An Argentine grill in Somerset

An Argentine grill in Somerset

We live in a 200-year-old barn in Somerset. Opposite, we have another long barn with a tin roof, oak posts and white stone gables, which we are slowly doing up. While the renovations are happening, we’re using the outdoor area in front of it as something of a summer kitchen space.
17 June 2017
 
We live in a 200-year-old barn in Somerset. Opposite, we have another long barn with a tin roof, oak posts and white stone gables, which we are slowly doing up. While the renovations are happening, we’re using the outdoor area in front of it as something of a summer kitchen space.
 
There’s nothing I like more than cooking outdoors, watching mesmerised as a flame takes hold, and the unpredictability of the results. The firewood, smoke, weather conditions and ingredients are always different. I love all the variables.
An old potato coffer (1) has become a makeshift work surface. We found it in a flea market in Bruton – it’s made from elm and we think it dates back to the 17th century. It’s clearly English as somebody has written the names of the potato varieties (Maris Piper, Esme, Desiree) that were kept in it.
I’m hugely inspired by the Argentine chef Francis Mallmann, hence all the asado (barbecue) equipment in the foreground. To the left is an asado cross (2) made by a chap called Tom Bray at the Argentinian Cross company. We like to hang large joints from this, such as the lamb leg in the picture, studded with rosemary and garlic. On the Argentine-style chapa grill beneath we’ve put hispi cabbages and long bell peppers to blacken and soften slowly.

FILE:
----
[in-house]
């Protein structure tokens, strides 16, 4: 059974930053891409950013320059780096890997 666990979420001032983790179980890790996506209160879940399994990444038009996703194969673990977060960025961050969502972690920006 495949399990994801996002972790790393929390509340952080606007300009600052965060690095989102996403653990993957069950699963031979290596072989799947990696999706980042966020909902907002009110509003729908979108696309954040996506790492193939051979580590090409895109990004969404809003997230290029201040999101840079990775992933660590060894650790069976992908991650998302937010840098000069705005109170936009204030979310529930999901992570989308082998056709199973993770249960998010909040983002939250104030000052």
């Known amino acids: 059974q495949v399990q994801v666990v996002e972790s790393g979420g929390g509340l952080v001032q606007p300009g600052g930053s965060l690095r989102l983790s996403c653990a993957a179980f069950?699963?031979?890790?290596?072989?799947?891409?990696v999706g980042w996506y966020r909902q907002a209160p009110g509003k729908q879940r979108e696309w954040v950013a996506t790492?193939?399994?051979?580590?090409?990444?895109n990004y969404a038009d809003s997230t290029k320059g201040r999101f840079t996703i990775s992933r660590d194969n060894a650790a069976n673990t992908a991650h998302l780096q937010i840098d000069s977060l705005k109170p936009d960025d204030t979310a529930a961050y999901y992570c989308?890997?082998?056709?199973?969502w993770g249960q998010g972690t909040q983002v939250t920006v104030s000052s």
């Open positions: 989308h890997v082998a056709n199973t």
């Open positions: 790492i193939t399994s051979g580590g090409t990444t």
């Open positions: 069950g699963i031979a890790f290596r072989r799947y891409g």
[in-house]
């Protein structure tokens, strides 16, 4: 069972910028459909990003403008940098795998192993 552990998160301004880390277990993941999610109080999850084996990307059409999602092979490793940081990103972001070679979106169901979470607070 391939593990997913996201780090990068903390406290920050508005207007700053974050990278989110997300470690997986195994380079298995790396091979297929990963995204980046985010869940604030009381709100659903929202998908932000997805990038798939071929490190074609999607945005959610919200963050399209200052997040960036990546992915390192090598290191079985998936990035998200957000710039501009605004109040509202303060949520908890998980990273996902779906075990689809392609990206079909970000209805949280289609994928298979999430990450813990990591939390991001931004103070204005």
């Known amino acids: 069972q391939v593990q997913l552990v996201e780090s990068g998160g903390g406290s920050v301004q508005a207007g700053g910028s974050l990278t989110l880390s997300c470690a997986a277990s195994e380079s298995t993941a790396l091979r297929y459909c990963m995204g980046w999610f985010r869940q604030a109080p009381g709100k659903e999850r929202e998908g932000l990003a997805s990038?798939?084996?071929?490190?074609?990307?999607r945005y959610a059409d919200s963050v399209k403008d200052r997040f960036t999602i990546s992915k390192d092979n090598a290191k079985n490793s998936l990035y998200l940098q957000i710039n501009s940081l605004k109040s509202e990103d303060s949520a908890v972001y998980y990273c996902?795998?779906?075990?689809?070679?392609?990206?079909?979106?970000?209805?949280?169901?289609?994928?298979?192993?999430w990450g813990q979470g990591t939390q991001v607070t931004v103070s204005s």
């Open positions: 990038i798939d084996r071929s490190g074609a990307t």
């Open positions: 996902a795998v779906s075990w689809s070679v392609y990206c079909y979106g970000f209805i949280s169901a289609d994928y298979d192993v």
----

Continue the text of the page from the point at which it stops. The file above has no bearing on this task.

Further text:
The grill to the right is a tripod with a fire bowl (3). I love doing chicken over this, marinaded, stuffed with lemon and thyme, rubbed with chimichurri (the Argentine condiment of herbs, garlic, oil and chilli) then hung from the chain to cook through.
For the barbecues we use ash wood seasoned for at least 12 months. It burns very hot, which is what we need for cooking with fire – other woods are more slow burning.
The axe and knives (4) in the foreground was made by two craftsman friends, Alex Pole and Ed Hunt, who work nearby. All their materials are sourced from the UK, many from Somerset, and often the wood comes from fallen trees. My knife handle is apple wood from the orchards at Somerset Cider Brandy.
The poker and other fire tools I’m holding were made by Richard Jones, a local blacksmith who sadly died a few days ago. He made the gates for the Tower of London and was a bit of a legend round here.
The chopping board (5) is made of oak, also sourced here in Somerset. It was a present from Paul Vincent, a very talented local cabinet maker – he made all the boards for our restaurant, too.
The books (6) are some of my go-tos. Gjelina is a neighbourhood restaurant in Los Angeles, and also Gill Meller’s book, Gather, is a new favourite.
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